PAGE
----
What If I Fail To Submit Form I-751?

What If I Fail To Submit Form I-751?What is Form I-751?

USCIS Form I-751 is also known as the Petition to Remove Conditions on Residence. Individuals who gain permanent resident status as a result of marrying a U.S. citizen or lawful permanent resident actually gain only conditional permanent resident status. Initially, the immigrant spouse’s permanent resident status is limited to two years. If the marriage is a valid one and the spouse with conditional permanent resident status wishes to remain in the United States lawfully, they must file USCIS Form I-751, Petition to Remove Conditions on Residence. Petitioners must submit Form I-751 within the 90-day time frame before their Green Card expiration date.

Who needs to submit Form I-751?

Form I-751 is how individuals who gained a 2-year conditional Green Card as a result of marriage may petition for full permanent resident status. This often includes not only the immigrant spouse but also any dependent children. Children who obtained their conditional status on the same day or within 90 days of their parent may be included on the parent’s petition. Children who gained a conditional Green Card after that time frame must file individual I-751s.

While most Form I-751s are filed jointly by the married couple, certain conditions do allow a spouse with conditional permanent resident status to file to remove conditions on an individual basis. These conditions include the death of a spouse, divorce, annulment, abuse, cruelty and other hardships. Individuals with conditional status who qualify may file Form I-751 at any time as long as they are still in the United States.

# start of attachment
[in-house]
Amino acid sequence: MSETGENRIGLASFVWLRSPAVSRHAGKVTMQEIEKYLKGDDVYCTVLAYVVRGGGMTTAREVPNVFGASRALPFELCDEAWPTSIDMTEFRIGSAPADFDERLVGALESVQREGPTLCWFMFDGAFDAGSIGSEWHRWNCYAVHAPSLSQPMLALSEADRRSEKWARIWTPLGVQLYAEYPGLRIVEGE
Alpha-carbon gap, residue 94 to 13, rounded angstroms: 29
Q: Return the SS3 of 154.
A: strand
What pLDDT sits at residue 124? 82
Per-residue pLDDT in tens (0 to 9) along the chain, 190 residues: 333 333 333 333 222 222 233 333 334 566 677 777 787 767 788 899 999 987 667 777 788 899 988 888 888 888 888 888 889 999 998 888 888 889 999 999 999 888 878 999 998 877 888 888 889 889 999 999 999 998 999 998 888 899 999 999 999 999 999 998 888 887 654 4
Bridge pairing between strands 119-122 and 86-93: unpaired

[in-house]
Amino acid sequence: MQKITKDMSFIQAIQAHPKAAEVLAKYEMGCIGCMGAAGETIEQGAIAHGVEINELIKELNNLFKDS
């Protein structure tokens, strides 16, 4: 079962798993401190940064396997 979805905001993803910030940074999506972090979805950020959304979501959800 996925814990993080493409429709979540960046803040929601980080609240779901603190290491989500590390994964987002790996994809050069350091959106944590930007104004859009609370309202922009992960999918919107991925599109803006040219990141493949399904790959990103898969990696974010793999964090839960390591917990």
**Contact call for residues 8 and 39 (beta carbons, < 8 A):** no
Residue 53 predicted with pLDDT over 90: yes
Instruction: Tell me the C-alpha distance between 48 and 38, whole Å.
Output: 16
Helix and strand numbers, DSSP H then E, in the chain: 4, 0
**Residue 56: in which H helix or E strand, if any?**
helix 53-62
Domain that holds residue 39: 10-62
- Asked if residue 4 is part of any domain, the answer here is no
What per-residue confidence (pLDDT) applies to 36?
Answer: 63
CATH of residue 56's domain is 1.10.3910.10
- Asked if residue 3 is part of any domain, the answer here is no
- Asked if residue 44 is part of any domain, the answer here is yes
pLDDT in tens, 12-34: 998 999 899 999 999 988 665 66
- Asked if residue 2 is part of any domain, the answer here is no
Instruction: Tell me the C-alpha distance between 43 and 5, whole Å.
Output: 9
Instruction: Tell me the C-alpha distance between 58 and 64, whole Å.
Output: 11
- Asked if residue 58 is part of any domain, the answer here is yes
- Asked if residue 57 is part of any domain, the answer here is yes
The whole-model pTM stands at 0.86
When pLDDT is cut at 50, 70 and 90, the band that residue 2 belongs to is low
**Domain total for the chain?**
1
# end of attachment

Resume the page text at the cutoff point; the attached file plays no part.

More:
What if a couple fails to file Form I-751?

Instructions for Form I-751 state that petitioners must submit their package with supporting evidence and fees within the 90-day time frame before their conditional 2-year Green Card expires. The form’s instructions also clearly state that individuals who fail to file Form I-751 on time “will automatically lose” permanent resident status two years from the date when conditional status was granted. This means that individuals who fail to file are no longer in the United States lawfully and are “removable from the United States.”

Can Form I-751 be submitted late?

USCIS does allow petitioners who miss the 90-day time frame to submit a Form I-751 package to request the removal of conditional status. However, late submissions require a written document, or letter, to

  1. explain why the petition is outside of the normal time frame;
  2. if needed, provide corroborating evidence of the cause for the delay; and
  3. request that USCIS excuse the delay and process the petition.

In addition, the letter must demonstrate that

  1. the petitioners were not the cause of the delay,
  2. the delay was the result of uncontrollable circumstances and
  3. the length of the delay was reasonable.

If the USCIS review process finds that the written explanation establishes a “good cause for the late filing,” the Form I-751 package can then be accepted for processing and adjudicated.

What are acceptable reasons for failing to submit Form I-751 on time?

According to USCIS policy, acceptable reasons for failing to submit Form I-751 on time may include

  • hospitalization,
  • a long-term illness,
  • the death of a family member,
  • legal or financial problems,
  • the need to provide care to someone,
  • bereavement,
  • a serious family emergency,
  • a work commitment or
  • a family member on U.S. military active duty.

Sometimes, USCIS will request further explanation, evidence, a response or interview. Failing to respond to these Requests for Evidence, or RFEs can result in USCIS denying the petition.